International Shakuhachi Teacher Jon Kypros
Contact me at firstname.lastname@example.org for a free one-on-one shakuhachi lesson over video chat
If you need an instrument please consider my Bell shakuhachi
Sharing the shakuhachi with others is at the heart of all of my efforts with this wonderful instrument. As a teacher, I guide my students every step of the way on their journey, primarily through live video chat lessons. The shakuhachi is an instrument of many mysteries which I strive to convey in a clear and open way. As an experienced crafts-person I often share key insights into the instruments themselves. It’s also my privilege to pass down the honkyoku to my students which are the most revered pieces for the shakuhachi. You can contact me with any questions you may have and I’ll be happy to help you.
The Unique Regional Honkyoku that I teach
The Seien Ryu (Fudaiji) – Shizuoka and Aichi Prefectures
The Kinpu Ryu (Nezasa-ha) – Aomori Prefecture
Oshu and Echigo (Fudaiken, Kinjoji, and Echigo Myoanji) – Northern Japan
(The following is my brief bio but you can read my full bio here)
I began handcrafting shakuhachi and formally studying the traditional music in my teens under Ronnie Nyogetsu Reishin Seldin and Kurahashi Yodo II. After years of intense study in the Jin Nyodo style I decided to learn regional honkyoku from Justin Senryu Williams. I now teach all that I’ve learned in addition to my efforts with handcrafting shakuhachi including my Bell shakuhachi which are the first jinashi shakuhachi replicas.
Utilizing Japanese madaké bamboo in America
I discovered my first grove of madaké Japanese bamboo growing in America just a few miles from where I was born. I positively identified this grove with the help of the Southeast Chapter of the American Bamboo Society and I learned how to identify this species on my own.
I went on to seek out more groves in other parts of the US. I met with Jim Mortensen (pictured left, top) who has identified possibly the largest concentration of old established Japanese madaké groves in America. I harvested upwards of 500 pieces from these madaké groves.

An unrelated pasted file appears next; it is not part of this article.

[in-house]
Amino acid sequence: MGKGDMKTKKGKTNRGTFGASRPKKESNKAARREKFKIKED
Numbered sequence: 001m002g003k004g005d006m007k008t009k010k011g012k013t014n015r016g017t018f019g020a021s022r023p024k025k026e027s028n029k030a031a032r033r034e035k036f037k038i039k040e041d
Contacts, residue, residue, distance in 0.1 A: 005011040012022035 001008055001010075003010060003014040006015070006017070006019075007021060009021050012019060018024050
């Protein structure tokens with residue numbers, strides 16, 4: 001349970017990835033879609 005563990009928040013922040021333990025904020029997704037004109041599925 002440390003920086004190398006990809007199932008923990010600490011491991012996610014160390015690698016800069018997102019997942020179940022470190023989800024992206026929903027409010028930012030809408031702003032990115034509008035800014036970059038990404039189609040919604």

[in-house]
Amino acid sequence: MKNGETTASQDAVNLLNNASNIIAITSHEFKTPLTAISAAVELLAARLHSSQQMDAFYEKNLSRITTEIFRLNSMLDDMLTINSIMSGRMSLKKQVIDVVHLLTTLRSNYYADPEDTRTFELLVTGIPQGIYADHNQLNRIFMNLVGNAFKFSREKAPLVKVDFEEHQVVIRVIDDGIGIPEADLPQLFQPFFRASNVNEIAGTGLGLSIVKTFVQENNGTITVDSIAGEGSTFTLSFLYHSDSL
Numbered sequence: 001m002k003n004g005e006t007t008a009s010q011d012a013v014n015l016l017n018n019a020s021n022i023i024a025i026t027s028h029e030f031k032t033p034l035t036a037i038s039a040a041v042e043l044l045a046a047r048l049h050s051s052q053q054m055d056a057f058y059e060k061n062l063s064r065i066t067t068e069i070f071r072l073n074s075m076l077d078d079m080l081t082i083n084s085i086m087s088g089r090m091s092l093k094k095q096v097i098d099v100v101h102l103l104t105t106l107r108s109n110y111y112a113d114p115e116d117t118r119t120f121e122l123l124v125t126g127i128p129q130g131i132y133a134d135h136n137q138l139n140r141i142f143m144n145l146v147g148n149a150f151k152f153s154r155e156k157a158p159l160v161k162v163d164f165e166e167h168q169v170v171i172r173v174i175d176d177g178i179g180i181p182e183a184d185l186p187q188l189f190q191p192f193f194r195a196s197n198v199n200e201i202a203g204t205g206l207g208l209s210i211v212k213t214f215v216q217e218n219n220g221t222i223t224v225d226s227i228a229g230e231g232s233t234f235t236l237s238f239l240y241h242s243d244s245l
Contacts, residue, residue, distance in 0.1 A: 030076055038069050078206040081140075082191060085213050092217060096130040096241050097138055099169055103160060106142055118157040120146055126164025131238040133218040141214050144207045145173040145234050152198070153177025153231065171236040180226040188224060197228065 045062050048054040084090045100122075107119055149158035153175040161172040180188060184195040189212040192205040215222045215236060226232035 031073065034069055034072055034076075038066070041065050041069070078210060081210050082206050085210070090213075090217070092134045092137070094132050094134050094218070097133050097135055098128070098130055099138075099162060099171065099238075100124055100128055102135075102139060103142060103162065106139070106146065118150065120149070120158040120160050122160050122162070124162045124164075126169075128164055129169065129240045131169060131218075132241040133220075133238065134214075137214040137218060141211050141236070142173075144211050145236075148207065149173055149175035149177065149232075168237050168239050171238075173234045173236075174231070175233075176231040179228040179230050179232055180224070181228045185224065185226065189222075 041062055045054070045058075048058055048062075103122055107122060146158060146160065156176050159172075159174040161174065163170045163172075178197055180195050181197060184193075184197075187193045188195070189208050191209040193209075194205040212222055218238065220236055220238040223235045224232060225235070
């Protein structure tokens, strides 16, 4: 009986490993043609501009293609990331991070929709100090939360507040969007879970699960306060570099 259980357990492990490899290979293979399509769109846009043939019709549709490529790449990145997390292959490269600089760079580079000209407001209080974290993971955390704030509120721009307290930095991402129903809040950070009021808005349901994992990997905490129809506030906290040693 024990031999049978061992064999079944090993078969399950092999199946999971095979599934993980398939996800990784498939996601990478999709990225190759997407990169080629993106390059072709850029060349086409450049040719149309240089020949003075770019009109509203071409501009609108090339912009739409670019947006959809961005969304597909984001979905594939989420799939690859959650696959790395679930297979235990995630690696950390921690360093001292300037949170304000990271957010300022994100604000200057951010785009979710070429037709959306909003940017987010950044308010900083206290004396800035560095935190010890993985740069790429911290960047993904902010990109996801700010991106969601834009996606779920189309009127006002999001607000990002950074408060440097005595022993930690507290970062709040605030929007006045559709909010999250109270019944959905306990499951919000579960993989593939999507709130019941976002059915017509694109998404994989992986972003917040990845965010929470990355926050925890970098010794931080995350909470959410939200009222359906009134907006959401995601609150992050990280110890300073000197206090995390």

I later met with Keiji Oshima (picture left, lower) who’s been growing madaké and other bamboo species in the mountains of Hendersonville, North Carolina for over 30 years.
I continue to look for more groves of madaké Japanese bamboo as I venture around the southern United States.
The Bell shakuhachi – the first jinashi shakuhachi replicas
Around 2008 I began experimenting with copying jiari and jinashi shakuhachi bores by making intricate molds of them. I began doing this after seeing the exorbitant prices of most shakuhachi while studying in NYC.
Over the years to come I found through my own harvesting and crafting of hundreds of jinashi shakuhachi that truly outstanding examples were very rare. The fact was that, even if people could afford the high prices, I could only hope to produce a handful of exceptional instruments every so many years.
In 2012 I set out to copy a jinashi shakuhachi, inside and out, to try and provide an outstanding instrument for a fraction of the cost. I succeeded but I needed to improve my process and find a truly ideal 1.8 “D” shakuhachi, the standard length used for formal study. After over a decade in the making, in 2018 I finally released my Bell shakuhachi which is made from a bamboo eco-composite material.
This is the path that I’m taking through the bamboo grove and I thank you for taking the time to read about it. I hope that your journey with the shakuhachi will be a deeply rewarding one.